The University of Alberta has closed an endowment fund and returned its donation to the family of a man who fought with a Nazi unit during the Second World War.
The university’s Canadian Institute of Ukrainian Studies is returning the $30,000 to the family of Yaroslav Hunka, the 98-year-old man at the centre of a political storm on Parliament Hill that led to the resignation of House Speaker Anthony Rota. Hunka was celebrated by the Canadian Parliament Sept. 22 after being invited by Rota and introduced as a “Ukrainian hero, a Canadian hero” during the visit of Ukrainian President Volodymyr Zelenskyy, who addressed Parliament. Prime Minister Justin Trudeau has also apologized on behalf of all parliamentarians.
Shortly after Hunka was honoured by Parliament, it was unearthed that Hunka was a member of Waffen-SS Galica Division, renamed in the latter stages of the war as the First Ukrainian Division. This division was a voluntary unit that fought for Hitler’s forces and committed atrocities against Jews and Poles. Rota had applauded Hunka for fighting against the Soviet Union, which was an ally of Canada during the Second World War.
The money was donated in their parents name by Hunka’s sons in 2019. The fund was designated for research on Cardinal Josyf Slipyj and Metropolitan Andrei Sheptytsky, two underground leaders of the Ukrainian Catholic Church when Ukraine was part of the Soviet Union.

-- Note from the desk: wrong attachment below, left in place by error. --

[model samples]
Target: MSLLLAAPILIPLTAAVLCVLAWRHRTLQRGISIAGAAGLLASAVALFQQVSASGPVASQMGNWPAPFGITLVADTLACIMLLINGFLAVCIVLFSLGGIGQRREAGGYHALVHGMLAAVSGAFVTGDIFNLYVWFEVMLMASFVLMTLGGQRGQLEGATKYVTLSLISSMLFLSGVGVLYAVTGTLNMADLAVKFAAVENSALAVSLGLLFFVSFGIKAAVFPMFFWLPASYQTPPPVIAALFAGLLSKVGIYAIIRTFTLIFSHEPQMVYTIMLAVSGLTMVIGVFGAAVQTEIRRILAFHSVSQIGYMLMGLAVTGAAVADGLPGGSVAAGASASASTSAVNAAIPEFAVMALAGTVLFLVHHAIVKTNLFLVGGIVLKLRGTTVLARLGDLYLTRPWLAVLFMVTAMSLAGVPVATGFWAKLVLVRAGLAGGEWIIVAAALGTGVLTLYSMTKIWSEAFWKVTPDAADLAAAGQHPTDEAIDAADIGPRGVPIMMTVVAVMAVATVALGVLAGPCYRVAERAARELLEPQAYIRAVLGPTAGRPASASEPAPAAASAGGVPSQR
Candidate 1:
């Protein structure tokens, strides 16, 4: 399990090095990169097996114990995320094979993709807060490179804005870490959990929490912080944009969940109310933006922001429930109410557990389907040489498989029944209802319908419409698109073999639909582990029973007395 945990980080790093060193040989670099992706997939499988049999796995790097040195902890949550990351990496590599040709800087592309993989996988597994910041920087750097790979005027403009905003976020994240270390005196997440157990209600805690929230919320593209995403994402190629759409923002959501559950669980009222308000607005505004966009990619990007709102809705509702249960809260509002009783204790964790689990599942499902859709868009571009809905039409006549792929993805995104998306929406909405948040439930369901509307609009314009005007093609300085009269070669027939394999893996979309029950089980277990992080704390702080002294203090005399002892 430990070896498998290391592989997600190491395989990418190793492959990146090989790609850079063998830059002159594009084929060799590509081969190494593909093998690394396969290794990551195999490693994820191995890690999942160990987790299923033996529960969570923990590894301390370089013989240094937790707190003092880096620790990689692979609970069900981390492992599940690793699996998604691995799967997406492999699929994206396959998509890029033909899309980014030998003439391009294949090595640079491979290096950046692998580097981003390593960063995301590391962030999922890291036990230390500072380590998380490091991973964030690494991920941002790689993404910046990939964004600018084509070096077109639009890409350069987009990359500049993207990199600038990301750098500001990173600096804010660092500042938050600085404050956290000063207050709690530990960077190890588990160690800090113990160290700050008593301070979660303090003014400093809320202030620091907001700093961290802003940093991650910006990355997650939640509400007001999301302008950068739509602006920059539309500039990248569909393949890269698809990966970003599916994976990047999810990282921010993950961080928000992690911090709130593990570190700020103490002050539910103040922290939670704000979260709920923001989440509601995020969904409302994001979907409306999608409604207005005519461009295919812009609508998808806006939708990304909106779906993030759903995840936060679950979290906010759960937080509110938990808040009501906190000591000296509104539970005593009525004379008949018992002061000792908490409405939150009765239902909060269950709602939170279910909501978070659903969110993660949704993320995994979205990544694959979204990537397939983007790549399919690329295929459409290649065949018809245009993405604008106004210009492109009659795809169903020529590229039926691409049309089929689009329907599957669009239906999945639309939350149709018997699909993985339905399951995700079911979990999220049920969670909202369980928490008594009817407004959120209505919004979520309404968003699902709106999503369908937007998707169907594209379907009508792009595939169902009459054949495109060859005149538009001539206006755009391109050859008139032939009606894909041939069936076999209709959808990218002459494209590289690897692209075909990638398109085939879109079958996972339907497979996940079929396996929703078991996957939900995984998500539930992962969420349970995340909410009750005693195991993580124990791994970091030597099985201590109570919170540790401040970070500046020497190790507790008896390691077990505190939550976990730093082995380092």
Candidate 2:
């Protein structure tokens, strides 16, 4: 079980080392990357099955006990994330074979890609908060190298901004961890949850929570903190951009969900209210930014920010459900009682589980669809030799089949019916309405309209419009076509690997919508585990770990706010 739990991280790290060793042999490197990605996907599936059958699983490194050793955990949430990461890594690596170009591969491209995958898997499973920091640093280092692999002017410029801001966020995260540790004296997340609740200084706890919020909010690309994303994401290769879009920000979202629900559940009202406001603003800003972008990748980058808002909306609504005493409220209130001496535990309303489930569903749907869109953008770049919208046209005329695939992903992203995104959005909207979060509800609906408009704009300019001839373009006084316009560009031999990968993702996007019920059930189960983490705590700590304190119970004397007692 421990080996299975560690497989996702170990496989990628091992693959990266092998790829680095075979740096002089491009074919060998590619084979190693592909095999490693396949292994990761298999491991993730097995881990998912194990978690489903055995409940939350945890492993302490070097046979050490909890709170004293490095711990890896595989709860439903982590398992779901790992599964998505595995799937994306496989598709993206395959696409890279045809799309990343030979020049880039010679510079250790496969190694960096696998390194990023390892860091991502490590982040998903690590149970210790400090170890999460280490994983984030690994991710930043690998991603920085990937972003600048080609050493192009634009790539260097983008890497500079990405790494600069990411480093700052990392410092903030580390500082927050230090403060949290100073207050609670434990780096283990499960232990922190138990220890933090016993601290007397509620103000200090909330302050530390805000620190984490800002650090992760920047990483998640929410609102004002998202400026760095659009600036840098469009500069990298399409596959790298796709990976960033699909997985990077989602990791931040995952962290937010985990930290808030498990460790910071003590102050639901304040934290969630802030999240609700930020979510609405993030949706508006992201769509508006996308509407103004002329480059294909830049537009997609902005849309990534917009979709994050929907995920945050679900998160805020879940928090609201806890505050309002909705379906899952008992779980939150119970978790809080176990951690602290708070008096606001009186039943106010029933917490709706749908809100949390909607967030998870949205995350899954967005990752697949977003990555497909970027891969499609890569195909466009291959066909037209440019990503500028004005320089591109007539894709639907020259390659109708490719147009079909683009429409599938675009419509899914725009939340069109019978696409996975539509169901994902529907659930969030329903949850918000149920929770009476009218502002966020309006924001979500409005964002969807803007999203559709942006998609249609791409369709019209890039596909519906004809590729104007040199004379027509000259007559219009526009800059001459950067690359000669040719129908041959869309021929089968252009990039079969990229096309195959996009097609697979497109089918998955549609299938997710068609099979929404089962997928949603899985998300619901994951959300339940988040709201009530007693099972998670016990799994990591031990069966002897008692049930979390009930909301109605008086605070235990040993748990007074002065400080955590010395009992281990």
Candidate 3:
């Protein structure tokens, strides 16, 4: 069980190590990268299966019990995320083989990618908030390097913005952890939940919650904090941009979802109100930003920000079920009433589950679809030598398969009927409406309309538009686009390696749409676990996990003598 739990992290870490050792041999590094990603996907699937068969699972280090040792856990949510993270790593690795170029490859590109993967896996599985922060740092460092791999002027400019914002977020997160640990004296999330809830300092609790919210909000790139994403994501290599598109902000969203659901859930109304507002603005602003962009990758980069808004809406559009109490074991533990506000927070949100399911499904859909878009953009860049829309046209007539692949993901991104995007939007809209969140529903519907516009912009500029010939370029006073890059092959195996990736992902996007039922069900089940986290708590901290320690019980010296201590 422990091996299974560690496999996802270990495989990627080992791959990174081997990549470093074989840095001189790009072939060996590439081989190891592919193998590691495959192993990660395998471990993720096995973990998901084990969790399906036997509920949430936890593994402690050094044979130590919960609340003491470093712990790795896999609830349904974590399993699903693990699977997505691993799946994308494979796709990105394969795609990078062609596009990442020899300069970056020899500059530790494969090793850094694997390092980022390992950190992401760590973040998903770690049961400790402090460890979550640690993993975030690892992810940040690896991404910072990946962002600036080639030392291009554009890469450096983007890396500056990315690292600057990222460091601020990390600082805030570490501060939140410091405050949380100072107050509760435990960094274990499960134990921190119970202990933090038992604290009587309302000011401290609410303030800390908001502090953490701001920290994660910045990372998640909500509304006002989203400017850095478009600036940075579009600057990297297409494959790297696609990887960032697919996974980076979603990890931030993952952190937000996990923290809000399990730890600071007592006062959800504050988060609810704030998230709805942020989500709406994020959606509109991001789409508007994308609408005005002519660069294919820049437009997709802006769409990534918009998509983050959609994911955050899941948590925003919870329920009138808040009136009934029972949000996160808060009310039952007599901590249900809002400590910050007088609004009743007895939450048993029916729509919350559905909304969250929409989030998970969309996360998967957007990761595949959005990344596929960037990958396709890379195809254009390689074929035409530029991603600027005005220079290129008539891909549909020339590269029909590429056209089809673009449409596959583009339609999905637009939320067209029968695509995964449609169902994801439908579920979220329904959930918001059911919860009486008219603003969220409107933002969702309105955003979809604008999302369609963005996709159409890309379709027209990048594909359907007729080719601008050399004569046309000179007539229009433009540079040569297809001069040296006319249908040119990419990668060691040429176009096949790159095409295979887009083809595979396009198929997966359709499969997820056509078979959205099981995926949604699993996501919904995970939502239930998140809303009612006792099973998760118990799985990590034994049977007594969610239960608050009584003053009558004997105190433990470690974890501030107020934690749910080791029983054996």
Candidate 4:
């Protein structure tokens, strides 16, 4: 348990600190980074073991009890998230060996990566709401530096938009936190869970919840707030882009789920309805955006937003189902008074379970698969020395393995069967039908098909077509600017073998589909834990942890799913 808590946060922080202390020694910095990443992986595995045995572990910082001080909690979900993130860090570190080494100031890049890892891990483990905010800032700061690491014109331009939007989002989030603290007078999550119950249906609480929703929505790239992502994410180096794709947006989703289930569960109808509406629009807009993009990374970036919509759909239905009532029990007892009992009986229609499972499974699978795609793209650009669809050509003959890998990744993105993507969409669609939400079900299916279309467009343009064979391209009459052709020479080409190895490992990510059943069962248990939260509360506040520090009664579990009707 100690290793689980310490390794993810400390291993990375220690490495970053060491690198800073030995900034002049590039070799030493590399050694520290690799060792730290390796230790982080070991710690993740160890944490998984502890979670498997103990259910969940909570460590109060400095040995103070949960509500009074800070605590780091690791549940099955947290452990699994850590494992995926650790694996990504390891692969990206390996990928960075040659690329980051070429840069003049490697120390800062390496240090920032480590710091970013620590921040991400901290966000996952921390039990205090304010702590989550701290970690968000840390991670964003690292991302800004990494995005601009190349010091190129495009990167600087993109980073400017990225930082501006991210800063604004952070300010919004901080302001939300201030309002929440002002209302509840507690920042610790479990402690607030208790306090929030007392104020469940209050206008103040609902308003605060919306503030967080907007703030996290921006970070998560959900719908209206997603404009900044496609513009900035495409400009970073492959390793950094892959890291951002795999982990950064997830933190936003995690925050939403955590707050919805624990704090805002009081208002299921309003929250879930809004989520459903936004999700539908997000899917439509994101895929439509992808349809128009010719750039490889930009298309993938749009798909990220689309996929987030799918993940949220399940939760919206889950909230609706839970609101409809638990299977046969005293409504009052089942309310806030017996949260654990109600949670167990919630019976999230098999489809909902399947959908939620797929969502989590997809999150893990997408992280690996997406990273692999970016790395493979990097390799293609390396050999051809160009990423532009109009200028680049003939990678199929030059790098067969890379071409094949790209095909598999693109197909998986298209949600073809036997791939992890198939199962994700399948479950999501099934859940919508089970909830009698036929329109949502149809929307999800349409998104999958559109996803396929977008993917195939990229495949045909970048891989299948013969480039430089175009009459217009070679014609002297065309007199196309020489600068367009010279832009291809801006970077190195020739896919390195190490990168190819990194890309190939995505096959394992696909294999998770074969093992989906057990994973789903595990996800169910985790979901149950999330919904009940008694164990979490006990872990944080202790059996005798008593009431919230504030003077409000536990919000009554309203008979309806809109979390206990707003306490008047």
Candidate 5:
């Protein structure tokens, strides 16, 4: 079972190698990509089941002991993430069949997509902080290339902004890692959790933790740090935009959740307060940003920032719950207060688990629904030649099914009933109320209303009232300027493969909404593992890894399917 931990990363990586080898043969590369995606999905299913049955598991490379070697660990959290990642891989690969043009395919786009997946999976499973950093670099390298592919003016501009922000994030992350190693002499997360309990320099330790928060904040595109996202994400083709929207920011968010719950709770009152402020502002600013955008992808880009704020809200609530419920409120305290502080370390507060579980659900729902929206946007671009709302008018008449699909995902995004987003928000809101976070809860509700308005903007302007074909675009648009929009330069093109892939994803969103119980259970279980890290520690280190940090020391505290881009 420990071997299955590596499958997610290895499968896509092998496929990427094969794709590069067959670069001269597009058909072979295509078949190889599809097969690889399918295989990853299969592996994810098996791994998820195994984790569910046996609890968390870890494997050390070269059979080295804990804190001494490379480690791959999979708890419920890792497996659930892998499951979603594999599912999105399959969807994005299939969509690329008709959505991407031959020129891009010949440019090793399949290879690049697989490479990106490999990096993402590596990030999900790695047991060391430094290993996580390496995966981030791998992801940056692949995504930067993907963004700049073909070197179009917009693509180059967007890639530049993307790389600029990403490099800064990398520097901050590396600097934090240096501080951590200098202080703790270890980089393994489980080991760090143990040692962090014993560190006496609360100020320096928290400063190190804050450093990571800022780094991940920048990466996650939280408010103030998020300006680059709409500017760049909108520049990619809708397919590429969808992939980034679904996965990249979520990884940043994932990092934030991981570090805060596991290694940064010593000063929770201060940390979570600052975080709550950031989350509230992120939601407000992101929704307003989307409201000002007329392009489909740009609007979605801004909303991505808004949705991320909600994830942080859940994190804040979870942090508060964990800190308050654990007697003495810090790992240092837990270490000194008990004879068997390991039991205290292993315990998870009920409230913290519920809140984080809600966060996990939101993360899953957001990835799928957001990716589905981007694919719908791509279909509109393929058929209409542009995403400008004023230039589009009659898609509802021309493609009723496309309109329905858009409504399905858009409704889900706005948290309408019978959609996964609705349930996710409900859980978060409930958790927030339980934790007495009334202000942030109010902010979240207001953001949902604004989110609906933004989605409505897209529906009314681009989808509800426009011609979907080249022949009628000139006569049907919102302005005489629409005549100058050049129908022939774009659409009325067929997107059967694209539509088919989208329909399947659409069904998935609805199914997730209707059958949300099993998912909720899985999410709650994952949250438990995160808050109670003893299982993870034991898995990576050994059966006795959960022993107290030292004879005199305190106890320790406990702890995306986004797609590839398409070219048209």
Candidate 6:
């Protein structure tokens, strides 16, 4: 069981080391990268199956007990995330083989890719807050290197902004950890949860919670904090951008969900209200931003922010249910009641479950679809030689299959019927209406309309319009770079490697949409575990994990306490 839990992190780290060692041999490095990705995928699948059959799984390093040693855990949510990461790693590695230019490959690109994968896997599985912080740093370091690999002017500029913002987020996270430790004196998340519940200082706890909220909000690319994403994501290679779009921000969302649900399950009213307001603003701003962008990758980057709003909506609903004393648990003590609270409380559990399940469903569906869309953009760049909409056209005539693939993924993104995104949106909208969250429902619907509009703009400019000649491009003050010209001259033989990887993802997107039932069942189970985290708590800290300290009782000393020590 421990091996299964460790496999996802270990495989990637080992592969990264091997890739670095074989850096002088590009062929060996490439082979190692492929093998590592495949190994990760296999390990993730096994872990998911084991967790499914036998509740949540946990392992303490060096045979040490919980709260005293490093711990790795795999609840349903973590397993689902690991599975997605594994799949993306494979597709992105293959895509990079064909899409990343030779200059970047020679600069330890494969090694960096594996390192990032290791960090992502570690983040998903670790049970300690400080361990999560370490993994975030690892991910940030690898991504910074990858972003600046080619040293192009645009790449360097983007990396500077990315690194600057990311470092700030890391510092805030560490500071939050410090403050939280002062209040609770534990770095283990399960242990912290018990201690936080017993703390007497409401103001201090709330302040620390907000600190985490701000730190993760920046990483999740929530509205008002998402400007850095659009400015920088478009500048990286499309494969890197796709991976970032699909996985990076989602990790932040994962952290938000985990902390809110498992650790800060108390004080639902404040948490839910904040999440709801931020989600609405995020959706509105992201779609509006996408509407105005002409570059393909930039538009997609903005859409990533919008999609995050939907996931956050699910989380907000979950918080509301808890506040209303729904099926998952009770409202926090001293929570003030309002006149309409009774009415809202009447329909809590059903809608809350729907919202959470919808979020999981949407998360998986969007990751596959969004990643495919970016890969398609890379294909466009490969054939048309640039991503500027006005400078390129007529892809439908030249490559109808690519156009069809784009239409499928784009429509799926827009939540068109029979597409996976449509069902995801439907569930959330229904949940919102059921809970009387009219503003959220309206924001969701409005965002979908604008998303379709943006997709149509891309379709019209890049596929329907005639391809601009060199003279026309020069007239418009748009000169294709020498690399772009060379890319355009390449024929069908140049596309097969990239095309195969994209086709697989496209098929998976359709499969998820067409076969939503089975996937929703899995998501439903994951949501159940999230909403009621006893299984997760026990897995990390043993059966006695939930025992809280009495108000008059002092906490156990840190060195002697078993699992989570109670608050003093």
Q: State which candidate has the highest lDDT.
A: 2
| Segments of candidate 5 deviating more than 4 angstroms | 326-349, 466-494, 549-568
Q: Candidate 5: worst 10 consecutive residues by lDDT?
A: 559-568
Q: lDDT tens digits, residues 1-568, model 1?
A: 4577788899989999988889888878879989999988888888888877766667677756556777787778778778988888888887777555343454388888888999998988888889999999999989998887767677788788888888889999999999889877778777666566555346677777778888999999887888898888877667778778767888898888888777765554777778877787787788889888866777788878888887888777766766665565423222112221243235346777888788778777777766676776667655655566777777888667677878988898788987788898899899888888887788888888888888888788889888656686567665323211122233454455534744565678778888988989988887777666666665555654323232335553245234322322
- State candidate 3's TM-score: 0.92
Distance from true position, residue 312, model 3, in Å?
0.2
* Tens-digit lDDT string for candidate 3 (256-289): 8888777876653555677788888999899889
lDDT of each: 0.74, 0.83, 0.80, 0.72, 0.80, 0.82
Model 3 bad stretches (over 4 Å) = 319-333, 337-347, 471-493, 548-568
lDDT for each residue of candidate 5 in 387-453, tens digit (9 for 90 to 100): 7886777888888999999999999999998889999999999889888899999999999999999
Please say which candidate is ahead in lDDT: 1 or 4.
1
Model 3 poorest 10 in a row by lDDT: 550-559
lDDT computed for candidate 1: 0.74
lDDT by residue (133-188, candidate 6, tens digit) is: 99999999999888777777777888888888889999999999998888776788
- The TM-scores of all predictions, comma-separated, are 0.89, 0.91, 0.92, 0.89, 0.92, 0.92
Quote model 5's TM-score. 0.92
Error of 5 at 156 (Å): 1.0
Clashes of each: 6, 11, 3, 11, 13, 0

The University of Alberta, in a statement signed by Verna Yiu, interim provost and vice-president (academic), said “after careful consideration of the complexities, experiences and circumstances of those impacted by the situation, we have made the decision to close the endowment fund and return the funds to the donor. The university recognizes and regrets the unintended harm caused.”
The school made its announcement Sept. 27 and by the next day the endowment’s web page had been removed.
Yiu added that “the university is in the process of reviewing its general naming policies and procedures, including those for endowments, to ensure alignment with our values.”
Russia, which has been at war with Ukraine since February 2022 in what it says is a special military operation to “de-Nazify” Ukraine, has used the events surrounding Hunka’s celebration in Parliament for propaganda purposes. On Sept. 27, the Russian Embassy in Canada posted to X (formerly Twitter) information on the endowment, asking, “Any comments, University of Alberta?”